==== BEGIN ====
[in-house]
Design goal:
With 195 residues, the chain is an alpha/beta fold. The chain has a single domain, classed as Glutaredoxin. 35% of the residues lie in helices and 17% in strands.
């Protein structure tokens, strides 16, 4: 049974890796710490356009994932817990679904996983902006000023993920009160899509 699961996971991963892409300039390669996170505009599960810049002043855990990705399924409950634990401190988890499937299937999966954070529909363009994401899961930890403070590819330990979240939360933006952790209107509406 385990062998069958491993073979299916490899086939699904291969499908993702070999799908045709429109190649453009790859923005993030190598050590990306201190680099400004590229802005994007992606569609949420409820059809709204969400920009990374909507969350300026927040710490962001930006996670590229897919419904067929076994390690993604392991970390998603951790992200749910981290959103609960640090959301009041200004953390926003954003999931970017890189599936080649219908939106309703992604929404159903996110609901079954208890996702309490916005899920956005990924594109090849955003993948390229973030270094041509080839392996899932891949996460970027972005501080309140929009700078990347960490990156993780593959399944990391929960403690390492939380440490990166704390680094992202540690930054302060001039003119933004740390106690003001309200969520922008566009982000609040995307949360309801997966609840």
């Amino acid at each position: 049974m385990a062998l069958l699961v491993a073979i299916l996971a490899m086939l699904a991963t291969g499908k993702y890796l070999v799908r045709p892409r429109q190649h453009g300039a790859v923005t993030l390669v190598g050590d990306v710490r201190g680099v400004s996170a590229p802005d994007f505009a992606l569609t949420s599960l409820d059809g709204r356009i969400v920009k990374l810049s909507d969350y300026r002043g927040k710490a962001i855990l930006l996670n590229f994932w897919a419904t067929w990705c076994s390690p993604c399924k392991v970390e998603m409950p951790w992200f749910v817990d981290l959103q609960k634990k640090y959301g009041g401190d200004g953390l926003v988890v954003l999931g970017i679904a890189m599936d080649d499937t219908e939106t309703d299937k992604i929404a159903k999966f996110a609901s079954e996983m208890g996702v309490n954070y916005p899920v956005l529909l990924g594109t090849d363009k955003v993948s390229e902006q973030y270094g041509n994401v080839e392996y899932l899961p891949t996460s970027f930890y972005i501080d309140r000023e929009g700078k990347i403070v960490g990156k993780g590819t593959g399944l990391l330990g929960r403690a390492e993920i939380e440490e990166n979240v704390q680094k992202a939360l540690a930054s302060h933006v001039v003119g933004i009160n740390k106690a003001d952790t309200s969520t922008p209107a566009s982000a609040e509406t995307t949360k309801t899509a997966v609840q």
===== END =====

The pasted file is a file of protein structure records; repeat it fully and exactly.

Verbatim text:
[in-house]
Design goal:
With 195 residues, the chain is an alpha/beta fold. The chain has a single domain, classed as Glutaredoxin. 35% of the residues lie in helices and 17% in strands.
């Protein structure tokens, strides 16, 4: 049974890796710490356009994932817990679904996983902006000023993920009160899509 699961996971991963892409300039390669996170505009599960810049002043855990990705399924409950634990401190988890499937299937999966954070529909363009994401899961930890403070590819330990979240939360933006952790209107509406 385990062998069958491993073979299916490899086939699904291969499908993702070999799908045709429109190649453009790859923005993030190598050590990306201190680099400004590229802005994007992606569609949420409820059809709204969400920009990374909507969350300026927040710490962001930006996670590229897919419904067929076994390690993604392991970390998603951790992200749910981290959103609960640090959301009041200004953390926003954003999931970017890189599936080649219908939106309703992604929404159903996110609901079954208890996702309490916005899920956005990924594109090849955003993948390229973030270094041509080839392996899932891949996460970027972005501080309140929009700078990347960490990156993780593959399944990391929960403690390492939380440490990166704390680094992202540690930054302060001039003119933004740390106690003001309200969520922008566009982000609040995307949360309801997966609840």
């Amino acid at each position: 049974m385990a062998l069958l699961v491993a073979i299916l996971a490899m086939l699904a991963t291969g499908k993702y890796l070999v799908r045709p892409r429109q190649h453009g300039a790859v923005t993030l390669v190598g050590d990306v710490r201190g680099v400004s996170a590229p802005d994007f505009a992606l569609t949420s599960l409820d059809g709204r356009i969400v920009k990374l810049s909507d969350y300026r002043g927040k710490a962001i855990l930006l996670n590229f994932w897919a419904t067929w990705c076994s390690p993604c399924k392991v970390e998603m409950p951790w992200f749910v817990d981290l959103q609960k634990k640090y959301g009041g401190d200004g953390l926003v988890v954003l999931g970017i679904a890189m599936d080649d499937t219908e939106t309703d299937k992604i929404a159903k999966f996110a609901s079954e996983m208890g996702v309490n954070y916005p899920v956005l529909l990924g594109t090849d363009k955003v993948s390229e902006q973030y270094g041509n994401v080839e392996y899932l899961p891949t996460s970027f930890y972005i501080d309140r000023e929009g700078k990347i403070v960490g990156k993780g590819t593959g399944l990391l330990g929960r403690a390492e993920i939380e440490e990166n979240v704390q680094k992202a939360l540690a930054s302060h933006v001039v003119g933004i009160n740390k106690a003001d952790t309200s969520t922008p209107a566009s982000a609040e509406t995307t949360k309801t899509a997966v609840q």